Jihad Watch :
The signatories insist that Islam “does not promote anti-Semitism and Arabs are also a Semitic people…”
“Islam does not promote antisemitism” because Arabs “are also a
Semitic people”? This idiotic sleight-of-word is hardly worth
discussing. It’s irrelevant whether the Arabs are also considered by
ethnographers to be a “Semitic” people.
The point is that the Qur’an is
full of dozens of harsh denunciations of the Jews, whom Muslims are
commanded to despise and hate as a people. Antisemitism has always been
defined not as “hatred of Semitic peoples,” but as “hatred of the Jews.”
Antisemitism is everywhere in Islam: in Qur’anic verses, in the hadith,
in the furious sermons preached against the Jews in hundreds of
thousands of mosques worldwide, in the cursing of Jews (as “those who
have earned Allah’s wrath”) that is embedded in the Fatiha that devout
Muslims recite 17 times a day, while saying their five daily prayers.
Haj Amin El Husseini was the most sinister in effect, but hardly the
only Muslim leader to promote antisemitism.
The current head of Al
Azhar, Mohammed el-Tayeb, has repeatedly broadcast his hatred of Jews.
So has Sheik Youssef Al-Qaradawi, who is the most widely-read Sunni
cleric in the world; his attacks on Jews, based on the Qur’anic text and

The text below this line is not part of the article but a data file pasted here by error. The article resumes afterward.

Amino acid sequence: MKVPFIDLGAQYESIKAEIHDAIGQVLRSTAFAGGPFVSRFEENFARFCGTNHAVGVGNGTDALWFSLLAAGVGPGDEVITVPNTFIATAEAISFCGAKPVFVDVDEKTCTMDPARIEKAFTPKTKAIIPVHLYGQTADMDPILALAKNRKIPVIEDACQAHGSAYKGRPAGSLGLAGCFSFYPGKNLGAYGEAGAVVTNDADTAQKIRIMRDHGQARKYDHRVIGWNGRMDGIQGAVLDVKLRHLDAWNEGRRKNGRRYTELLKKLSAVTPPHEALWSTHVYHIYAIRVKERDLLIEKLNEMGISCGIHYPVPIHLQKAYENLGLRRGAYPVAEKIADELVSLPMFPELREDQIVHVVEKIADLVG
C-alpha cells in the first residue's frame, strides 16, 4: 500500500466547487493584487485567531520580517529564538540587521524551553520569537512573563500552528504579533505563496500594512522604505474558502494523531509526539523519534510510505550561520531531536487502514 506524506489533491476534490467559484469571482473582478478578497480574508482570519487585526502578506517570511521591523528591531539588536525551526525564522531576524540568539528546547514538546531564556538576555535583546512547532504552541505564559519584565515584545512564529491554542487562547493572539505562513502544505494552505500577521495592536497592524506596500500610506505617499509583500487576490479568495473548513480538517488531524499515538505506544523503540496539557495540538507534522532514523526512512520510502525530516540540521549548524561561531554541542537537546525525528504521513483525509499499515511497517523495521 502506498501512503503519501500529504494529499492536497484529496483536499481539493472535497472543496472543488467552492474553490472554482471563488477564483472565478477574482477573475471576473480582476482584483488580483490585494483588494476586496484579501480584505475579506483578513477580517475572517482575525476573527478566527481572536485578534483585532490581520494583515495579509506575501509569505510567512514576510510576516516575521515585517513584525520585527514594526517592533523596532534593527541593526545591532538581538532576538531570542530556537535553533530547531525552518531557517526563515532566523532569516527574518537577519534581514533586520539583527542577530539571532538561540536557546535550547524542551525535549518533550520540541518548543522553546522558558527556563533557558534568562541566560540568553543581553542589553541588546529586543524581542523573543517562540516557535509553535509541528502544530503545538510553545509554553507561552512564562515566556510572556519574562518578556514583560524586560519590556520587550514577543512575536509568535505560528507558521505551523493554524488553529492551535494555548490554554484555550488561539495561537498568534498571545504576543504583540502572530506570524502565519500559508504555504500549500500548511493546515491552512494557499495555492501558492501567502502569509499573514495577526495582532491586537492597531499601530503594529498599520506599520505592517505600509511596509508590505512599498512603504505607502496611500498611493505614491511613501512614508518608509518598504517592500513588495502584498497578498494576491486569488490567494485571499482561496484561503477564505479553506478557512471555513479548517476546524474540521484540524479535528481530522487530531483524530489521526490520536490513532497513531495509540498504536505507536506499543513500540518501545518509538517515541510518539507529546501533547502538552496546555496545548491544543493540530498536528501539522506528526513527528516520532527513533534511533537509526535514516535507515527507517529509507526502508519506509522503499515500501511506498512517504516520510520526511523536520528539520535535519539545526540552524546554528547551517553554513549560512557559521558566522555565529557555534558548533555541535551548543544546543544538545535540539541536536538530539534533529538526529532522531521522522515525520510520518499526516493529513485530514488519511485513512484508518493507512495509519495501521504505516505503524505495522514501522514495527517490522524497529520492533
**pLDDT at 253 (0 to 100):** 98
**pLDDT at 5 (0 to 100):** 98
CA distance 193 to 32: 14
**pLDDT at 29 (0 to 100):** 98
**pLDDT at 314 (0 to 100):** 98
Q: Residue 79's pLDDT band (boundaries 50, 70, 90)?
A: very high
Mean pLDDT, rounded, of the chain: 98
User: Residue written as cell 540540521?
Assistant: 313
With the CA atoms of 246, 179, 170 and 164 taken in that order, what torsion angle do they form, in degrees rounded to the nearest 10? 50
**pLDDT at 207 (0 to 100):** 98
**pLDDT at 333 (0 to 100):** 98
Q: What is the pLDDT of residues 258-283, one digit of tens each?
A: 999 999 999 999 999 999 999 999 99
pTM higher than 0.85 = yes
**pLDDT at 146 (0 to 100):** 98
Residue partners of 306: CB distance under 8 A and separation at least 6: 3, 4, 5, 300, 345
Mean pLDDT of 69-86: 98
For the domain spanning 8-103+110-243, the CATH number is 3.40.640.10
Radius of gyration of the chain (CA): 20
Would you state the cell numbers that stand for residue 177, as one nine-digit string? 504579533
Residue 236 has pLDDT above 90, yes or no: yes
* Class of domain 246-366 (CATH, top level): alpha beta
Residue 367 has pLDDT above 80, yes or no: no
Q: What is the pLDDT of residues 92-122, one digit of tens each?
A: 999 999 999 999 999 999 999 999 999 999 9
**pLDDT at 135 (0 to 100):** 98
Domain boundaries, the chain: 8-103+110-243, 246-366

on Islamic history reach tens of millions of Muslims. The late
Ayatollah Khomeini, the founder and first Supreme Leader of the Islamic
Republic of Iran, was a profound antisemite. One of his regime’s early
acts was to execute, for supposed contacts with Israel, the unofficial
leader of Iran’s Jews, Habib Elghanian. And no demonstration in the
Islamic Republic is complete without shouts of “Death to Israel!” or
“Death to Jews!” Yet these “26 Muslim scholars” in the U.K. would have
us believe that Islam “does not promote antisemitism.”
“Jerusalem will be the capital of the Islamic Caliphate when it returns, Allah willing,” they conclude. Some of Judaism’s holiest sites are located in the West Bank and
eastern Jerusalem, including the Temple Mount and Western Wall in
Jerusalem; the Tomb of the Patriarchs and Matriarchs in Hebron; and
Joseph’s Tomb in Nablus.
Jerusalem had been the holiest site in Judaism for at least 2000
years before Muslim Arabs arrived in Palestine in the 7th century.
“Palestine” was the toponym the Romans gave to what had previously been
known as “Judea,” in an attempt to efface the Jewish connection to the
land. During the 1,400-year history of Islam, though Muslims ruled the
city during two periods, of 450 and 780 years, no one tried to make
Jerusalem the capital of any Muslim entity.
The capitals of the Rashidun
Caliphate were Medina and Kufa. The capital of the Umayyad Caliphate
was Damascus. The capitals of the Abbasid Caliphate included Kufa,
Anbar, Baghdad, Raqqa, Samarra, and Cairo. The capital of the Ottoman
Caliphate was Istanbul. There was also, in Islamic Spain, an independent
Umayyad caliphate, with its capital in Cordoba.